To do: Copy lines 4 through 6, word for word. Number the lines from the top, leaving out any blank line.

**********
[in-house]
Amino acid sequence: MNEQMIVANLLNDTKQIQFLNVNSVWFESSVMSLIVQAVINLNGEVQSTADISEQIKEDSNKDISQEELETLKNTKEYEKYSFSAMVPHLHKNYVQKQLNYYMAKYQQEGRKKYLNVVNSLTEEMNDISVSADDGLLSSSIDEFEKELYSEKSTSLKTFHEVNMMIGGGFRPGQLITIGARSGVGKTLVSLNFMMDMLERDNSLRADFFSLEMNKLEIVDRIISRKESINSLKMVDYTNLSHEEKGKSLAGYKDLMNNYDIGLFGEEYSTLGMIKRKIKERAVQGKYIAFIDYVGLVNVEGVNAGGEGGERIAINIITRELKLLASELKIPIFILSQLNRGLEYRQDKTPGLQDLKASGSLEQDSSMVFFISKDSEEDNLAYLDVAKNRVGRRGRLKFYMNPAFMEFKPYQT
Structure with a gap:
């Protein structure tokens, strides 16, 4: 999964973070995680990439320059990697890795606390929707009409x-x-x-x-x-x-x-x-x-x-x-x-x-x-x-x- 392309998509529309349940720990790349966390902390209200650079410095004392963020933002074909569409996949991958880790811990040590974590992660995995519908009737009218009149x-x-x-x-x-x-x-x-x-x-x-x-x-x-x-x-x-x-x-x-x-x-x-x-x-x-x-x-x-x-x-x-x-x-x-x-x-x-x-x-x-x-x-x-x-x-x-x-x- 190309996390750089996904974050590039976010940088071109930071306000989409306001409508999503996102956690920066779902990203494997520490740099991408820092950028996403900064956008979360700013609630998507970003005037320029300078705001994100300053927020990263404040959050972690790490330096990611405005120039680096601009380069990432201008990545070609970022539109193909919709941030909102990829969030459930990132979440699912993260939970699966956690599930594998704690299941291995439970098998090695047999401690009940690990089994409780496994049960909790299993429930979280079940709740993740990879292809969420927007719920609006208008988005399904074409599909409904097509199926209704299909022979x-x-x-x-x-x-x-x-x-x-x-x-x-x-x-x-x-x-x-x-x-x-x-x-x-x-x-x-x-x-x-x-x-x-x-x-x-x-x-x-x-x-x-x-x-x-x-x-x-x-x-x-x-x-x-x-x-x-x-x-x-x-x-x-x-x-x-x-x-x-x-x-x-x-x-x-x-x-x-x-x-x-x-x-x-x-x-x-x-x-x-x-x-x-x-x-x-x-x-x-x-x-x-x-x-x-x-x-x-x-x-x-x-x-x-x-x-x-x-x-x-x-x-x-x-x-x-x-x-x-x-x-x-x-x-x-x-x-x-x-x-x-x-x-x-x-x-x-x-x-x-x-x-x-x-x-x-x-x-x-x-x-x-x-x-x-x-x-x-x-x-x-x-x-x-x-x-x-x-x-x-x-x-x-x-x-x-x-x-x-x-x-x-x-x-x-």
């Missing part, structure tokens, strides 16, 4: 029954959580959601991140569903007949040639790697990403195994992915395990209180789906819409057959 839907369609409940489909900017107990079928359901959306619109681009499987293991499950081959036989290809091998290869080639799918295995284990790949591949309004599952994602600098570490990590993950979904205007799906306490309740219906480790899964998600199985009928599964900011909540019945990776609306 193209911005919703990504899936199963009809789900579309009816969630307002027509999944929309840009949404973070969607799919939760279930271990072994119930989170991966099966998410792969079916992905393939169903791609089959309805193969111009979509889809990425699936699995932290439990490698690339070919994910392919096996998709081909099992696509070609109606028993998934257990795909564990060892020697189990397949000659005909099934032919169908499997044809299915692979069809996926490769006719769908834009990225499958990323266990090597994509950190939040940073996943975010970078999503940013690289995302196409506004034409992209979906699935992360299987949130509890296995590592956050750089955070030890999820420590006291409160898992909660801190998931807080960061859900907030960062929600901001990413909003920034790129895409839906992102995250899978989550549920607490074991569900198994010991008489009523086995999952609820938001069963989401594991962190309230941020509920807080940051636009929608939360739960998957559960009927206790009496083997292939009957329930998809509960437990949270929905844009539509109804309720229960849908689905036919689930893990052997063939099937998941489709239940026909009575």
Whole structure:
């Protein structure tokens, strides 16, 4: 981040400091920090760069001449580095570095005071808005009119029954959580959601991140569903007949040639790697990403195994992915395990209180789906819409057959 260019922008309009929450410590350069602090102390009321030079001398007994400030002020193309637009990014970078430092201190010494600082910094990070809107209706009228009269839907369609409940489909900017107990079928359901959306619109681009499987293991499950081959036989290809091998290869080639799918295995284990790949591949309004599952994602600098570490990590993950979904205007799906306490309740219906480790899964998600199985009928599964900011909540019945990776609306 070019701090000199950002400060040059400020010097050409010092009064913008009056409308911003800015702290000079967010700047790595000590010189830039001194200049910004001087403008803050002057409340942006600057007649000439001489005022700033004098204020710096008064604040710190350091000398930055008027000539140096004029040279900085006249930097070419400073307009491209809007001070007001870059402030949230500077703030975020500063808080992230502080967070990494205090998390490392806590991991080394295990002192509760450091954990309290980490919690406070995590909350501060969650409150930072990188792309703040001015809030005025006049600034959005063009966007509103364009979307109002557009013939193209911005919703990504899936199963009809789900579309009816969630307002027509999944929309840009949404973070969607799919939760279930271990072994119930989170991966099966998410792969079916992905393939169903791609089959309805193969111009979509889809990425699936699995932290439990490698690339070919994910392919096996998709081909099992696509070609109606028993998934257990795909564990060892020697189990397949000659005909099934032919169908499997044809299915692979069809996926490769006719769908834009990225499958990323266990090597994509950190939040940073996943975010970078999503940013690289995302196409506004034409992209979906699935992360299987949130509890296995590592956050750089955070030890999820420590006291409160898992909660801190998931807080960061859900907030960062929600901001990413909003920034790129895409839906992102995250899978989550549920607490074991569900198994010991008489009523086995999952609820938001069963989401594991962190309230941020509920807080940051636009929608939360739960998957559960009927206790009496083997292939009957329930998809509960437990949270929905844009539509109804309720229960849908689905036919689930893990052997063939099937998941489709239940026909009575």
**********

């Protein structure tokens, strides 16, 4: 999964973070995680990439320059990697890795606390929707009409x-x-x-x-x-x-x-x-x-x-x-x-x-x-x-x- 392309998509529309349940720990790349966390902390209200650079410095004392963020933002074909569409996949991958880790811990040590974590992660995995519908009737009218009149x-x-x-x-x-x-x-x-x-x-x-x-x-x-x-x-x-x-x-x-x-x-x-x-x-x-x-x-x-x-x-x-x-x-x-x-x-x-x-x-x-x-x-x-x-x-x-x-x- 190309996390750089996904974050590039976010940088071109930071306000989409306001409508999503996102956690920066779902990203494997520490740099991408820092950028996403900064956008979360700013609630998507970003005037320029300078705001994100300053927020990263404040959050972690790490330096990611405005120039680096601009380069990432201008990545070609970022539109193909919709941030909102990829969030459930990132979440699912993260939970699966956690599930594998704690299941291995439970098998090695047999401690009940690990089994409780496994049960909790299993429930979280079940709740993740990879292809969420927007719920609006208008988005399904074409599909409904097509199926209704299909022979x-x-x-x-x-x-x-x-x-x-x-x-x-x-x-x-x-x-x-x-x-x-x-x-x-x-x-x-x-x-x-x-x-x-x-x-x-x-x-x-x-x-x-x-x-x-x-x-x-x-x-x-x-x-x-x-x-x-x-x-x-x-x-x-x-x-x-x-x-x-x-x-x-x-x-x-x-x-x-x-x-x-x-x-x-x-x-x-x-x-x-x-x-x-x-x-x-x-x-x-x-x-x-x-x-x-x-x-x-x-x-x-x-x-x-x-x-x-x-x-x-x-x-x-x-x-x-x-x-x-x-x-x-x-x-x-x-x-x-x-x-x-x-x-x-x-x-x-x-x-x-x-x-x-x-x-x-x-x-x-x-x-x-x-x-x-x-x-x-x-x-x-x-x-x-x-x-x-x-x-x-x-x-x-x-x-x-x-x-x-x-x-x-x-x-x-």
């Missing part, structure tokens, strides 16, 4: 029954959580959601991140569903007949040639790697990403195994992915395990209180789906819409057959 839907369609409940489909900017107990079928359901959306619109681009499987293991499950081959036989290809091998290869080639799918295995284990790949591949309004599952994602600098570490990590993950979904205007799906306490309740219906480790899964998600199985009928599964900011909540019945990776609306 193209911005919703990504899936199963009809789900579309009816969630307002027509999944929309840009949404973070969607799919939760279930271990072994119930989170991966099966998410792969079916992905393939169903791609089959309805193969111009979509889809990425699936699995932290439990490698690339070919994910392919096996998709081909099992696509070609109606028993998934257990795909564990060892020697189990397949000659005909099934032919169908499997044809299915692979069809996926490769006719769908834009990225499958990323266990090597994509950190939040940073996943975010970078999503940013690289995302196409506004034409992209979906699935992360299987949130509890296995590592956050750089955070030890999820420590006291409160898992909660801190998931807080960061859900907030960062929600901001990413909003920034790129895409839906992102995250899978989550549920607490074991569900198994010991008489009523086995999952609820938001069963989401594991962190309230941020509920807080940051636009929608939360739960998957559960009927206790009496083997292939009957329930998809509960437990949270929905844009539509109804309720229960849908689905036919689930893990052997063939099937998941489709239940026909009575």
Whole structure: